Statement of the Association of Freestanding Radiation Oncology Centers on Episode-Based Payment for Radiation Therapy under the Medicare Program
May 22, 2017
The Association of Freestanding Radiation Oncology Centers (AFROC) is pleased to have the opportunity to submit these comments on episode-based payment for radiation oncology services. AFROC is an association of non-hospital radiation oncology centers dedicated to the provision of high quality radiation oncology services to cancer patients in community settings throughout the country.
AFROC strongly believes that episode based payment for radiation oncology services has the potential to substantially reduce administrative costs and that savings can be achieved for both patients and for the Medicare program through the more efficient delivery of radiation therapy services that episode based payment would encourage. We are aware of private payer models that provide payment for radiation therapy services based on episodes of care differentiated based on the type of cancer involved (e.g. prostate, breast, lung) and the intent of treatment (curative vs. palliative), and we believe that it would be prudent for the Medicare program to study the impact and cost savings achievable through the models used by private payers in designing any new radiation oncology specific episode-based payment model for use in the Medicare program.
In designing any episode-based payment system that focuses exclusively on radiation oncology services, CMS should consider a number of unique features of radiation oncology services specifically and cancer care services generally. First, cancer care is undeniably a “team sport” and care should be taken to ensure that any episode-based payment methodology for radiation oncology services does not implicitly or indirectly inhibit or disincentivize care coordination: Cancer care is already fragmented and care should be taken to ensure that episode-based payment (whether for radiation, medical oncology, surgery, or any other specialty) does not strengthen the existing “silos.” Second, outcomes measurement in cancer care—including but not limited to radiation treatment—is extremely difficult within the time periods typically used to define the duration of “episodes”: Ultimate health care outcomes may not be measurable until some considerable time after treatment is complete. Therefore, it may be necessary to utilize surrogate outcomes measures in assessing the quality of radiation oncology services provided during a radiation oncology episode. Third, radiation oncology services are typically furnished in both hospital outpatient and freestanding (non-hospital) settings, and the Medicare payment methodologies differ depending on the site of service involved. Any episode-based payment methodology should be equally accessible to both types of providers and to the many practices that provide radiation treatment in both sites of care. Finally, to the extent that accreditation is used as a quality indicator or as a condition of participation, CMS should take into account all of the various accreditation organizations available for radiation oncology centers and refrain from limiting accreditation to a single option.
In the event that CMS determines that episode-based payment for radiation oncology services alone is impracticable in light of the complexity and multi-disciplinary nature of cancer care, we strongly urge CMS to consider substantially revising the structure and scope of the current Oncology Care Model, such that participants would not be limited to medical oncology providers but rather would consist of collaborative entities (Comprehensive Cancer Care Collaboratives) that include representation from surgery, radiation oncology and medical oncology—the three specialty areas generally involved in the provision of comprehensive cancer care. Under such a model, a cancer care episode would be triggered not only by the inception of chemotherapy (as under the current oncology care model) but also by the provision of radiation therapy and specific surgical trigger codes (e.g. treatment planning in the case of radiation therapy or mastectomy in the case of surgery). Multi-disciplinary governance and clinical committees could be required as a condition of participation, and established care coordination quality measures could be used. Payment for all services provided to Medicare patients assigned to the model would be made to providers participating in the Collaborative and to all other providers, based on Medicare’s otherwise applicable payment rates; however, the Collaborative would be eligible for shared savings (and, ultimately, shared losses) to the extent that Medicare payments are less than (or exceed) targets established based on a mix of provider-specific and regional/national episode costs. Any shared savings or losses would be distributed by the Collaborative to participating providers in accordance with a formula determined by the participating providers in advance. As under the current Oncology Care Model, a patient management fee would be payable to the Collaborative for care coordination and management services. In the event that CMS determines that a radiation-specific episode group model is impracticable, we believe that this alternative model has the potential to more fully reflect the multi-specialty nature of cancer treatment and to reinforce care coordination among the various providers involved.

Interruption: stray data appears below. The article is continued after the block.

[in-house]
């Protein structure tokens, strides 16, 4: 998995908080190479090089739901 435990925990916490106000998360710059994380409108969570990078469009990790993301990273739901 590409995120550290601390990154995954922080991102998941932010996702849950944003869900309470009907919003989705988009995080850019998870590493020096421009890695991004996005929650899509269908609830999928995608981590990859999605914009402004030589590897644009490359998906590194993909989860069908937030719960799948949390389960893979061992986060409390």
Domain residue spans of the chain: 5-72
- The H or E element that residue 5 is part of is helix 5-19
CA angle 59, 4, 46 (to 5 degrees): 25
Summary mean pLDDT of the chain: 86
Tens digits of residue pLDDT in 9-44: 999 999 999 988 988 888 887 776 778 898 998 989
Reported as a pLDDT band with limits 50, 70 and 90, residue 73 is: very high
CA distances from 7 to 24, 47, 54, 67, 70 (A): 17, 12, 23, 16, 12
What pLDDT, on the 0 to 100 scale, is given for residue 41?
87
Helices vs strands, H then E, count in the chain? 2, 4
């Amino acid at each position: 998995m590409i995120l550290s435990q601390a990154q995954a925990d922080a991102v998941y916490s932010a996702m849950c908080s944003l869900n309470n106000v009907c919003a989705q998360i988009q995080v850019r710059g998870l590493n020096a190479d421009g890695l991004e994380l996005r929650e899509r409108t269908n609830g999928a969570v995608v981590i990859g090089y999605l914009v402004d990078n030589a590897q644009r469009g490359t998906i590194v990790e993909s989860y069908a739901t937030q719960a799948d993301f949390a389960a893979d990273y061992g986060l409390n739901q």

We appreciate the opportunity to comment on the potential for radiation oncology episode group payment models in the Medicare program, and would be pleased to answer any questions that you may have regarding AFROC’s position on this important policy matter. If you have any questions, please do not hesitate to contact Michael J. Katin(email@example.com; 239-9400436) or AFROC’s Washington counsel, Diane Millman (dmillman@PowersLaw.com; 202-872-6725).